Electricity Supply Emergency Code
The National Grid ESO Winter Outlook Report, published in October 2022, outlines the ‘planned interruptions of electricity supply to businesses and households’ in the event of energy shortfalls. Following this, Chief Executive of the National Grid, John Pettigrew, issued a warning that the UK could face blackouts during the ‘deepest, darkest evenings’ in January and February 2023.
At present, the unforeseen mild winter weather and surplus storage of gas has instilled cautionary confidence in the National Grid that there will be sufficient generation this winter, deeming blackouts an ‘unlikely’ scenario. However, if recent months are anything to go by, situations can change radically, therefore, businesses should prepare for the worst-case scenario.
Insufficient gas for power generation in the UK, with reduced electricity imports from Europe, is one of the worst-case scenarios listed in the National Grid report. Under this scenario, the National Grid cautions that the Emergency Supply Electricity Code (ESEC), which was developed before the energy crisis, will need to be invoked.
What does the ESEC involve?
The ESEC details the precautionary measures that will need to be enacted throughout the UK to conserve energy in the event of a shortage.
It consists of three main stages:
- Direct appeals to the public and industry to reduce their power consumption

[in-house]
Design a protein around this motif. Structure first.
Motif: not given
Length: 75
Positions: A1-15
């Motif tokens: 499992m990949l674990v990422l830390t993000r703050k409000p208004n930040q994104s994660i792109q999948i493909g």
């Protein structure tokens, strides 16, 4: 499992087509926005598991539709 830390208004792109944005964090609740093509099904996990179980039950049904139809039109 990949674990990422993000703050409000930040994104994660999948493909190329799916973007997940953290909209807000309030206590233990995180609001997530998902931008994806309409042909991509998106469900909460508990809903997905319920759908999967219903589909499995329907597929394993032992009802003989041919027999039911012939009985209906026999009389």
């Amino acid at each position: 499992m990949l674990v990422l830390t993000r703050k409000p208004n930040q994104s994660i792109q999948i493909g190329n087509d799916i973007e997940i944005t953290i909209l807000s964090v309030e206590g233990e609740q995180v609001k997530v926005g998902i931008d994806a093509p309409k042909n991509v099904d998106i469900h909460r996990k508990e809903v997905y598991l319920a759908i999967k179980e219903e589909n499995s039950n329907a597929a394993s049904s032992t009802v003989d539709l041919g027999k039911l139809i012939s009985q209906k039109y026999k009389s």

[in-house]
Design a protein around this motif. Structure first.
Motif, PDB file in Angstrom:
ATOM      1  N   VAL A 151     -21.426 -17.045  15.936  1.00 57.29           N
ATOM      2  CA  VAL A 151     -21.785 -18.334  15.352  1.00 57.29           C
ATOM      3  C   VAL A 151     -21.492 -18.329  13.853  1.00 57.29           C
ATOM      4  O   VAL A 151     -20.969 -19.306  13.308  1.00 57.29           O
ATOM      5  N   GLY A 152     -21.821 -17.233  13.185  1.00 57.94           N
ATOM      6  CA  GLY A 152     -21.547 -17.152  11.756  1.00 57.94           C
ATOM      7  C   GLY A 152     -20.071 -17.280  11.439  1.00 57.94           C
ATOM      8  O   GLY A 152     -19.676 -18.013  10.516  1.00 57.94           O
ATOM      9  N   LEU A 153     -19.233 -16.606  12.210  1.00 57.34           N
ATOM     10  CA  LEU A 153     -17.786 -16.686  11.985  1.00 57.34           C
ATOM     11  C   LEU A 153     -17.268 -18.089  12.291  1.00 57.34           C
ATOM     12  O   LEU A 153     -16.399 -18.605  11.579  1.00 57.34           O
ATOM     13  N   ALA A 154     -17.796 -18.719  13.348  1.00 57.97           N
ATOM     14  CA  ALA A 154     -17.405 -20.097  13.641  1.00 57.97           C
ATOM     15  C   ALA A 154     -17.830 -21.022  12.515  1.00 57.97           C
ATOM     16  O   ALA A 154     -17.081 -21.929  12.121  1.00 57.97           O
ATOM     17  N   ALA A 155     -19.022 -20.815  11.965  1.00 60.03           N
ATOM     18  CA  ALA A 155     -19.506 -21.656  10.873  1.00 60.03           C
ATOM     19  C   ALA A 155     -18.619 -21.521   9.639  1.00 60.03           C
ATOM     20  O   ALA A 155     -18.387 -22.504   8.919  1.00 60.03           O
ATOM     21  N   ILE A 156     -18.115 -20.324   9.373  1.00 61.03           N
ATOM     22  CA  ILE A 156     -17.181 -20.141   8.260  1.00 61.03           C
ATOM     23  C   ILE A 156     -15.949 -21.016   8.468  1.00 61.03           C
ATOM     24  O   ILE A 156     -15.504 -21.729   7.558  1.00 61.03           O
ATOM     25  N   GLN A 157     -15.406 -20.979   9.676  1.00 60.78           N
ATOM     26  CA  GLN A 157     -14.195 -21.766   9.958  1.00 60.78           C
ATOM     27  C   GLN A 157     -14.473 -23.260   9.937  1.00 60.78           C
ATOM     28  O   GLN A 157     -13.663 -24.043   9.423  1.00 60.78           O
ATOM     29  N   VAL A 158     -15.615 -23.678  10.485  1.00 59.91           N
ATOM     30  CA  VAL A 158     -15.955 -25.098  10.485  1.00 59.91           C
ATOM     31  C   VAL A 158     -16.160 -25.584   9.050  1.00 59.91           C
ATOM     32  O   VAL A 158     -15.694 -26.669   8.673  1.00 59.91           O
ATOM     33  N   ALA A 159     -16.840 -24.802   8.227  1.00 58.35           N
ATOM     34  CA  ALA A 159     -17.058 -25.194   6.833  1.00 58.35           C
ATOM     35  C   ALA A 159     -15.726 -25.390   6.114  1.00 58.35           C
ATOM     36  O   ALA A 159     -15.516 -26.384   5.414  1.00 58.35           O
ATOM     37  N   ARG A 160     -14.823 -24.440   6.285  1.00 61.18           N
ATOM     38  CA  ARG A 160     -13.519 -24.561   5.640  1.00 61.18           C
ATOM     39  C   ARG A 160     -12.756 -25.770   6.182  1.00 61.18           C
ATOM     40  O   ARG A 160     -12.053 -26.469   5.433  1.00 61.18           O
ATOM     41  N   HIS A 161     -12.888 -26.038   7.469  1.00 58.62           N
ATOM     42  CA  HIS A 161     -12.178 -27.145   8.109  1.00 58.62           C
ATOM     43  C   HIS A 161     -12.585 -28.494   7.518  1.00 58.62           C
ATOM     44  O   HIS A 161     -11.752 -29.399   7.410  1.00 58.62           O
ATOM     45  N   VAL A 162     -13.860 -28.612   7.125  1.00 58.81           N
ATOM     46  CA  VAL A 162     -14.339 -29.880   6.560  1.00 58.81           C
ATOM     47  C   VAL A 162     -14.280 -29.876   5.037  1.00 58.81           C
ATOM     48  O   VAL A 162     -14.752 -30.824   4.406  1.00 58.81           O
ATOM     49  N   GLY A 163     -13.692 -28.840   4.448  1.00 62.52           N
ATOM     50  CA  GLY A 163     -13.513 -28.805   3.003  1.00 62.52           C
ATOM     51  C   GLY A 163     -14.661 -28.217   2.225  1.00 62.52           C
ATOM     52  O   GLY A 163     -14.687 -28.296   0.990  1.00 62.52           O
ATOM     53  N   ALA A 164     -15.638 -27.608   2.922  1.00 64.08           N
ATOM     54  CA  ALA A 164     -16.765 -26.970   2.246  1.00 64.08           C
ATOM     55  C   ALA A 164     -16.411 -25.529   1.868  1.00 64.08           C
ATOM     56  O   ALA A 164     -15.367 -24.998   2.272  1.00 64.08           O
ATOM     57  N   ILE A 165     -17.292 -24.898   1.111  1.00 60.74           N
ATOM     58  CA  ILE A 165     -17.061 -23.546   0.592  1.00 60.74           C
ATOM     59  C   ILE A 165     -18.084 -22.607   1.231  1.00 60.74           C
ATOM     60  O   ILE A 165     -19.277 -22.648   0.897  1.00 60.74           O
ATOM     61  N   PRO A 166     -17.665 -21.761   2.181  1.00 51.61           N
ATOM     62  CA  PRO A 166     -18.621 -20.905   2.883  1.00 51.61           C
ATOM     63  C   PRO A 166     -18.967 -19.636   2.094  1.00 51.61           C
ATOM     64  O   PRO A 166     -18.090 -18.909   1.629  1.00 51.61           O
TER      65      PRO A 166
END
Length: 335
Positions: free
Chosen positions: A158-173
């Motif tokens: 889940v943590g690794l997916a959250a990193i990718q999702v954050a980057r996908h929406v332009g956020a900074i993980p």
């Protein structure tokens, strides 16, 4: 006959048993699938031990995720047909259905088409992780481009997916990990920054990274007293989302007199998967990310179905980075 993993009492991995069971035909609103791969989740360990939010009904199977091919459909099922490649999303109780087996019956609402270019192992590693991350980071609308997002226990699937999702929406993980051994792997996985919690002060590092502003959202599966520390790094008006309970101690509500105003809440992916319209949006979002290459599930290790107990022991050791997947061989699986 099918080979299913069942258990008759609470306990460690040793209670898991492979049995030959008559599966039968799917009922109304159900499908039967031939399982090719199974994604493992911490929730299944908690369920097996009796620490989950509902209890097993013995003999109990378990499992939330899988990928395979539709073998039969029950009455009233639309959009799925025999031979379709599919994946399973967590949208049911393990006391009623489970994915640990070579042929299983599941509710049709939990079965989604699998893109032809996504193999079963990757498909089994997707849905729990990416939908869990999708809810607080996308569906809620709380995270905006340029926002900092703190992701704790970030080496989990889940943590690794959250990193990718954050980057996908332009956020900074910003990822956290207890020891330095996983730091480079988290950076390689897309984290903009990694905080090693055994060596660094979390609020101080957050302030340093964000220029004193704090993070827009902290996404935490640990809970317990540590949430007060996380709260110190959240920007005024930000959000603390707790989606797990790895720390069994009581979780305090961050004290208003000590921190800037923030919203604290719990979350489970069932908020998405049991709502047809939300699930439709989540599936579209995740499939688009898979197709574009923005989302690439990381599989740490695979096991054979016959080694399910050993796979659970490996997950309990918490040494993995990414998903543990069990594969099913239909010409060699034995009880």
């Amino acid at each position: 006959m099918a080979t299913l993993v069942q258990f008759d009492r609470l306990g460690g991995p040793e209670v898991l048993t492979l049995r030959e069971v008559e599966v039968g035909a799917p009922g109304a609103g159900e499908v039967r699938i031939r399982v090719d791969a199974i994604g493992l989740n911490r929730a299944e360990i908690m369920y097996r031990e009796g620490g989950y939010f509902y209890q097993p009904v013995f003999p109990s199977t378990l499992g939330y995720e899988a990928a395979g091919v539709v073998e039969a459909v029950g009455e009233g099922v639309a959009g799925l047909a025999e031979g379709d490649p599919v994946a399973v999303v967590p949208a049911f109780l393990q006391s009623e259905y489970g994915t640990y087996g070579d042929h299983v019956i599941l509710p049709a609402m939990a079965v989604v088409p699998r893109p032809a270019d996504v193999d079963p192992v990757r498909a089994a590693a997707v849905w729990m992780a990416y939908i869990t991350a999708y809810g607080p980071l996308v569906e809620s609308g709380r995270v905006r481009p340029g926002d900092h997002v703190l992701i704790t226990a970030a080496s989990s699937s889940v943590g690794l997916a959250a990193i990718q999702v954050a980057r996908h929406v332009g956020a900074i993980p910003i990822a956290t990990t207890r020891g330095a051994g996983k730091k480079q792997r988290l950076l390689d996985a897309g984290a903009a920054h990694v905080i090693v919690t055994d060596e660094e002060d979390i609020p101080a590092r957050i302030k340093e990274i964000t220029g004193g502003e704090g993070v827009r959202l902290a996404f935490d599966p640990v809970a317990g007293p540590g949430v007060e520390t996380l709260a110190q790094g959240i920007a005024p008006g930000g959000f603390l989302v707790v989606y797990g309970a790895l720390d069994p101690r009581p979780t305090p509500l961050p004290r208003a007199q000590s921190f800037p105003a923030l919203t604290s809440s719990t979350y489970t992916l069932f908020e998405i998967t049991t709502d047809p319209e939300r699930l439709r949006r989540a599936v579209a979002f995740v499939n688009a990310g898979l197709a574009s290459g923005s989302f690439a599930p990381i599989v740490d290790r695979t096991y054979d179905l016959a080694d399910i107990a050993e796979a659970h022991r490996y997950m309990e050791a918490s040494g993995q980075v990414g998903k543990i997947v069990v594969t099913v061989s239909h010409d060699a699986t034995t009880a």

- Restrictions placed on companies’ electricity consumption, for example, requiring companies and firms to reduce their energy usage by a certain percentage
- Rolling blackouts, also known as ‘rota disconnections
Rolling blackouts are deliberate outages imposed by the electrical grid operators when there is an imbalance of supply and demand. Designed to prevent a large-scale blackout, rolling blackouts are a temporary measure to ease the strain on the power grid.
The blackouts would impact households and businesses and would be carried out in three-hour blocks. The frequency of these blocks will depend on the severity level of the energy shortage and the corresponding action specified in the ESEC.
The threat of blackouts has encouraged the National Grid to direct their investment toward “connecting renewables” and the “decarbonisation of energy networks”. Their hope is that “connecting clean energy at scale and pace will bring down energy bills for customers and increase energy security.”
Support for your business
National power outages could be imposed with just one day’s notice. Despite the unlikely occurrence of blackouts at present, having a contingency plan in place now is the best way to mitigate disruption to your business.
You could begin by reviewing your business’ energy consumption, to help you identify effective ways to conserve energy and reduce costs. If you are a client of ours, you can manage your energy via our client portal, CECIL, which gives you access to full and detailed data about your energy across electricity, gas and water, including contracts, billing and usage all in one place.
You should also review the ESEC publication to help your business prepare.
If you need help managing your energy consumption or would like an opinion, please get in touch with us.